In a phone call Wednesday, Smith said he had no comment on the report.
Smith, who has been police chief since August 2016, was placed on administrative leave Dec. 14 pending an investigation.
A letter obtained from Oakboro Town Administrator Doug Burgess details further actions taken by the town against Smith.
The town has placed Smith on two weeks of unpaid leave and six months of probation for “detrimental personal conduct including notifying law enforcement officers to attend a ‘clinic’ where they would be able to obtain proof of COVID-19 vaccination cards without being vaccinated.”
According to the letter, Smith violated sections of the town’s policy including “fraud, willful acts that endanger the property of others, and serving a conflicted interest.”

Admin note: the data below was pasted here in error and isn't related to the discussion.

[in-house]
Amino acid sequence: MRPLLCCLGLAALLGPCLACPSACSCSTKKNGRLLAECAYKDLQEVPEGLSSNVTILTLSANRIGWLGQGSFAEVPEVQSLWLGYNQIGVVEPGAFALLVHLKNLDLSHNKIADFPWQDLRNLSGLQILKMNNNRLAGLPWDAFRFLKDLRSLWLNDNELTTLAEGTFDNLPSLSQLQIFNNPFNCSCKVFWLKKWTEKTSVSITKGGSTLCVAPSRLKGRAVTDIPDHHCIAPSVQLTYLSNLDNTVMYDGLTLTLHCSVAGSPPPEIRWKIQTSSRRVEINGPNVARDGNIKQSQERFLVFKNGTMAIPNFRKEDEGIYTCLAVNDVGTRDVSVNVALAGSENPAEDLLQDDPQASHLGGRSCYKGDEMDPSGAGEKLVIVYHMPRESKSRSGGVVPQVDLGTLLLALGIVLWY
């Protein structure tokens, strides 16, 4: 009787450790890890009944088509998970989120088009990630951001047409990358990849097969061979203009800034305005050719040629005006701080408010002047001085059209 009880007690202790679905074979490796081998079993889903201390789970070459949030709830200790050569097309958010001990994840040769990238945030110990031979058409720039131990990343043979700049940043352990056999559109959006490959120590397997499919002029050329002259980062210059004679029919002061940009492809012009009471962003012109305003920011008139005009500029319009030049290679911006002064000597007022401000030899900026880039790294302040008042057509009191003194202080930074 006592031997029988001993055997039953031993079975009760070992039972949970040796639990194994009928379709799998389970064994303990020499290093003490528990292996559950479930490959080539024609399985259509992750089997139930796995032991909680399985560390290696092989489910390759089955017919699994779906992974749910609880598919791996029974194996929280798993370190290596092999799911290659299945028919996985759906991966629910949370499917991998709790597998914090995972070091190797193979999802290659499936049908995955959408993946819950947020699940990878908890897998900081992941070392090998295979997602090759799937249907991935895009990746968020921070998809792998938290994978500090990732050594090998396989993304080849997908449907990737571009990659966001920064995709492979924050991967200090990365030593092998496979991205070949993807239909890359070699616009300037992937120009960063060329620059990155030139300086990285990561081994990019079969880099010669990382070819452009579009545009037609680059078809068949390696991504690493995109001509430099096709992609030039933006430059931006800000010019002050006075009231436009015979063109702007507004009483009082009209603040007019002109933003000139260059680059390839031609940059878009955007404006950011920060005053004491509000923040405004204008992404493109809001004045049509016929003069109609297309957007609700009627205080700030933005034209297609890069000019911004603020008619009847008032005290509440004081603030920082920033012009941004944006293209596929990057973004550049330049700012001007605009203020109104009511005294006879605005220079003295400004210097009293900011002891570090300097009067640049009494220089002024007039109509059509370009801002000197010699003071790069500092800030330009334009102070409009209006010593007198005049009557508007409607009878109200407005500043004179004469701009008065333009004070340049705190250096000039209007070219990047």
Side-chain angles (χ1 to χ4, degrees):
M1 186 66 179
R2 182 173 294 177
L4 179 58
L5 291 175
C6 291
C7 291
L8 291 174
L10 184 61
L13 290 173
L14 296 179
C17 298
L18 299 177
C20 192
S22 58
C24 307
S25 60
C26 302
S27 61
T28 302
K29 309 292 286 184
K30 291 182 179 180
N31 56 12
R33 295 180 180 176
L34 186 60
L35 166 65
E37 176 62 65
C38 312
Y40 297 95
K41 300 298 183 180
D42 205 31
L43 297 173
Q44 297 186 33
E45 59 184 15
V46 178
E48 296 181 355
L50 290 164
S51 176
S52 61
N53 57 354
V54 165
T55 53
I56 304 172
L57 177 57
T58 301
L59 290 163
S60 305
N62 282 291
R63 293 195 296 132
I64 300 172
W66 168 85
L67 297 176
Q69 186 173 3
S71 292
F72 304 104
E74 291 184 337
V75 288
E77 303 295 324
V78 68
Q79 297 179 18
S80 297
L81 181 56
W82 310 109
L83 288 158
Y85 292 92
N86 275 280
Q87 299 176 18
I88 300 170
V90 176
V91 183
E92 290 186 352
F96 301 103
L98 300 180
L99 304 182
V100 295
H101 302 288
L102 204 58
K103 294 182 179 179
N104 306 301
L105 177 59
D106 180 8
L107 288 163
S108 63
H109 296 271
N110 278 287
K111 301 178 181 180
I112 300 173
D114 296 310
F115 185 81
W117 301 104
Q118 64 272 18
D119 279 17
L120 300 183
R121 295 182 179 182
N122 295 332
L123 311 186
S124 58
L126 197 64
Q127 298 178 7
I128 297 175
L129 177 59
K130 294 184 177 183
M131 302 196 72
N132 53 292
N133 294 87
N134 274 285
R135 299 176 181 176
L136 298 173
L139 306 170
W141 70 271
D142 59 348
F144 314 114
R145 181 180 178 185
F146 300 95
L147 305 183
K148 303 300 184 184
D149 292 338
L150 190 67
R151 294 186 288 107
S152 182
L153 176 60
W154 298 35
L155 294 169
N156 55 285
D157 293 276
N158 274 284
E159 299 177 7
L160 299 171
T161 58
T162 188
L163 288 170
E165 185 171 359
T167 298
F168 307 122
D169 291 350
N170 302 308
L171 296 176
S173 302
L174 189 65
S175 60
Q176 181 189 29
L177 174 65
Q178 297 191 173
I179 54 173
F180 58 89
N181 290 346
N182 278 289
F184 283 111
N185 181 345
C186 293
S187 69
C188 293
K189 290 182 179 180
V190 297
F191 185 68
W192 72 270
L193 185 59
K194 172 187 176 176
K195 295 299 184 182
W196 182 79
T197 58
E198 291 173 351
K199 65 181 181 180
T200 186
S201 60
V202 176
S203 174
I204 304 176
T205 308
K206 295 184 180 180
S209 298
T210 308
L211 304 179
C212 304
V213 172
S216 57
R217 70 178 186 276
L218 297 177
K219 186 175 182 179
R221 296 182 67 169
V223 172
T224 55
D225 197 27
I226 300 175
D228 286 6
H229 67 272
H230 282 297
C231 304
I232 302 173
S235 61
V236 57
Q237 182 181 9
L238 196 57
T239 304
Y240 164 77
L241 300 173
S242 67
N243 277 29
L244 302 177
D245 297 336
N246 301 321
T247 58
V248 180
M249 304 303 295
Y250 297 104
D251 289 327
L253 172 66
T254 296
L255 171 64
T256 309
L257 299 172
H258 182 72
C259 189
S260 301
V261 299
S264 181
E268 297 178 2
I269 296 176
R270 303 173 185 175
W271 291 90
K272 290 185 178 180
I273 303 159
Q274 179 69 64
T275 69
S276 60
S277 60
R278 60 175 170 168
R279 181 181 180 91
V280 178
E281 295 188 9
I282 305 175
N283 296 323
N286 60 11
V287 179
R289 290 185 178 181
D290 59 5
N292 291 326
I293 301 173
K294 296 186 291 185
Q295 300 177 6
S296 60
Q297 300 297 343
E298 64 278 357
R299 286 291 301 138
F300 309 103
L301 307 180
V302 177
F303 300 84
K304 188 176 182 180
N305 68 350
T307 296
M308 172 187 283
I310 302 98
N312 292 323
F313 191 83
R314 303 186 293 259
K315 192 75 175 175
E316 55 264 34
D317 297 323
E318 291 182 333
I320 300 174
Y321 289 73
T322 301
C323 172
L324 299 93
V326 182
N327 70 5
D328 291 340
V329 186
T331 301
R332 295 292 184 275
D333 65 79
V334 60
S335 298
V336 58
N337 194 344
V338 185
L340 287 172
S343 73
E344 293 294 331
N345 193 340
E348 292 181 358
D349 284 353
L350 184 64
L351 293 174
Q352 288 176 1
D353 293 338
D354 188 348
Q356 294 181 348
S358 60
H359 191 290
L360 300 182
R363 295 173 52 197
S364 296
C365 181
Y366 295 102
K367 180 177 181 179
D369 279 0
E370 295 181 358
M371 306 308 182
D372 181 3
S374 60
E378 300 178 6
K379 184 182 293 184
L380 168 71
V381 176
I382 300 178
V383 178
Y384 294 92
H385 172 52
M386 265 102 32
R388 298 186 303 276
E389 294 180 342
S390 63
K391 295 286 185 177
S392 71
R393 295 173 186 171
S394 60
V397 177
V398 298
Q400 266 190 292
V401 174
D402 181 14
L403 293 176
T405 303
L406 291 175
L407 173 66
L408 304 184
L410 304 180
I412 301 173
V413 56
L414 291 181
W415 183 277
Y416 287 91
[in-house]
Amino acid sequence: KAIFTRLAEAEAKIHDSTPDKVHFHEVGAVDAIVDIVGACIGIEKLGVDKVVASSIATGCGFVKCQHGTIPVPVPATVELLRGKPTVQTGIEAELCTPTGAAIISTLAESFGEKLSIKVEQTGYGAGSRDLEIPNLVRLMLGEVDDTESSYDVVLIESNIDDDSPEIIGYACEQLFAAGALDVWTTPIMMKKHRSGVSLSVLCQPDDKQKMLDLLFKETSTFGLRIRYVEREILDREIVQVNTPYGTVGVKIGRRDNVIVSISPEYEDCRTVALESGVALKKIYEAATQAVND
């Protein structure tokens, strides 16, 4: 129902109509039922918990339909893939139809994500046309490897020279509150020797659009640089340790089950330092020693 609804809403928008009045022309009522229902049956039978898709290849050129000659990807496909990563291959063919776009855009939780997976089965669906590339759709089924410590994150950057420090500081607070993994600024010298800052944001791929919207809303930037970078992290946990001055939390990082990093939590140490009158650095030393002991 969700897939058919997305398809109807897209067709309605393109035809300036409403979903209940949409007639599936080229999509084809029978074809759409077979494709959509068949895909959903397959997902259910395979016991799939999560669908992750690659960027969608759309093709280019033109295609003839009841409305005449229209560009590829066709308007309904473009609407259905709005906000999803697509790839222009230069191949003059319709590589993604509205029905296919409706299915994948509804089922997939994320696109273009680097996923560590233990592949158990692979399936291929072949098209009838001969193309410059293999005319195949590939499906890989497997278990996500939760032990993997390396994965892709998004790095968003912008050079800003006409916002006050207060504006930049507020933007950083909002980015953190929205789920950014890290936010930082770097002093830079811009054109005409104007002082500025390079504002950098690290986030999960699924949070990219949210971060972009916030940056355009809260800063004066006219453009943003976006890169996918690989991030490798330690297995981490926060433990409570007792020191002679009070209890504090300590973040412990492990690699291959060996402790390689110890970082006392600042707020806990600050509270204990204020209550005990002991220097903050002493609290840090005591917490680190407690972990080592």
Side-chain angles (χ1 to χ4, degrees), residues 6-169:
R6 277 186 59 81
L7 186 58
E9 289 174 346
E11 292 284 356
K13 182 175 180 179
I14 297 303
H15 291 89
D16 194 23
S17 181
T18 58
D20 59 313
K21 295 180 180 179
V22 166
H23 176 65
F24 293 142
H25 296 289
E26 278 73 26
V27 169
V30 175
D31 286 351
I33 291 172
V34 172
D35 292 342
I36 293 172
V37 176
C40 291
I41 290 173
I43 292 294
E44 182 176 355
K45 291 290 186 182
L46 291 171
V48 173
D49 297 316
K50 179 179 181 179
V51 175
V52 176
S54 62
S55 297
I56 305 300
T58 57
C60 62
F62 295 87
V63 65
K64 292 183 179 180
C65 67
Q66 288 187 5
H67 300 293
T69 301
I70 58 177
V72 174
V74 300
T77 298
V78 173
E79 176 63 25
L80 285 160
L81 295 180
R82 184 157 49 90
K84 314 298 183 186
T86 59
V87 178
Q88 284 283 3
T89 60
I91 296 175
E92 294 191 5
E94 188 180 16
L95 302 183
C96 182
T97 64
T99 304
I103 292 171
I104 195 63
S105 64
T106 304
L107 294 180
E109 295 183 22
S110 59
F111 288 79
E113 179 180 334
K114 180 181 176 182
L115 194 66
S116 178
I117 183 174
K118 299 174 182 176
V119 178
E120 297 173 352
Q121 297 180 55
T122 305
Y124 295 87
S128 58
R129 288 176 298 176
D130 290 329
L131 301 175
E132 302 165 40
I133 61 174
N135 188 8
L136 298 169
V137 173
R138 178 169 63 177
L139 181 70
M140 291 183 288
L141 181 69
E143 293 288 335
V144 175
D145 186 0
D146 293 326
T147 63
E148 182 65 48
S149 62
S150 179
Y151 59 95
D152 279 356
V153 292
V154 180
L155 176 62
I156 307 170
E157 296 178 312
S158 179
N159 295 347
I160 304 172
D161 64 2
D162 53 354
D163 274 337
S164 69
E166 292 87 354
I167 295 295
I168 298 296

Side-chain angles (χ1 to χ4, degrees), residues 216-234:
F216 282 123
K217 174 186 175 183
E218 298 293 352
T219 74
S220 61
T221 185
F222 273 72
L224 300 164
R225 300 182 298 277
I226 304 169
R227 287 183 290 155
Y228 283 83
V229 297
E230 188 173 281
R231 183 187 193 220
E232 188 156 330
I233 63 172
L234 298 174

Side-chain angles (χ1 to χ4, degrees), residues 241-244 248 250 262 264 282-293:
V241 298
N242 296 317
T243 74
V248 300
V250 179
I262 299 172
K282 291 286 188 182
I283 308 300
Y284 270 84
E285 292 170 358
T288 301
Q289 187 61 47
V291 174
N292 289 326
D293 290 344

The letter lists town police personnel policies Smith allegedly violated including “obedience to laws and rules and regulations, general conduct and competency.”
Smith, who was placed on administrative leave last week, received the letter dated Tuesday. He issued the following response via email to The SNAP:
“Many have asked me for details regarding my involvement in recent allegations. To make a long story short, in retrospect, I made a mistake. A friend called me with some information about a mobile vaccination clinic. It was a busy morning like every other busy morning. After I got off the phone with that friend, I called two other officers (not in my department) and passed on information about what was described as a ‘self-vaccination’ clinic. I got one phone call, hung up and made two others. I didn’t sit back and digest the information, ruminate on it, or otherwise give it much thought. I just passed it on.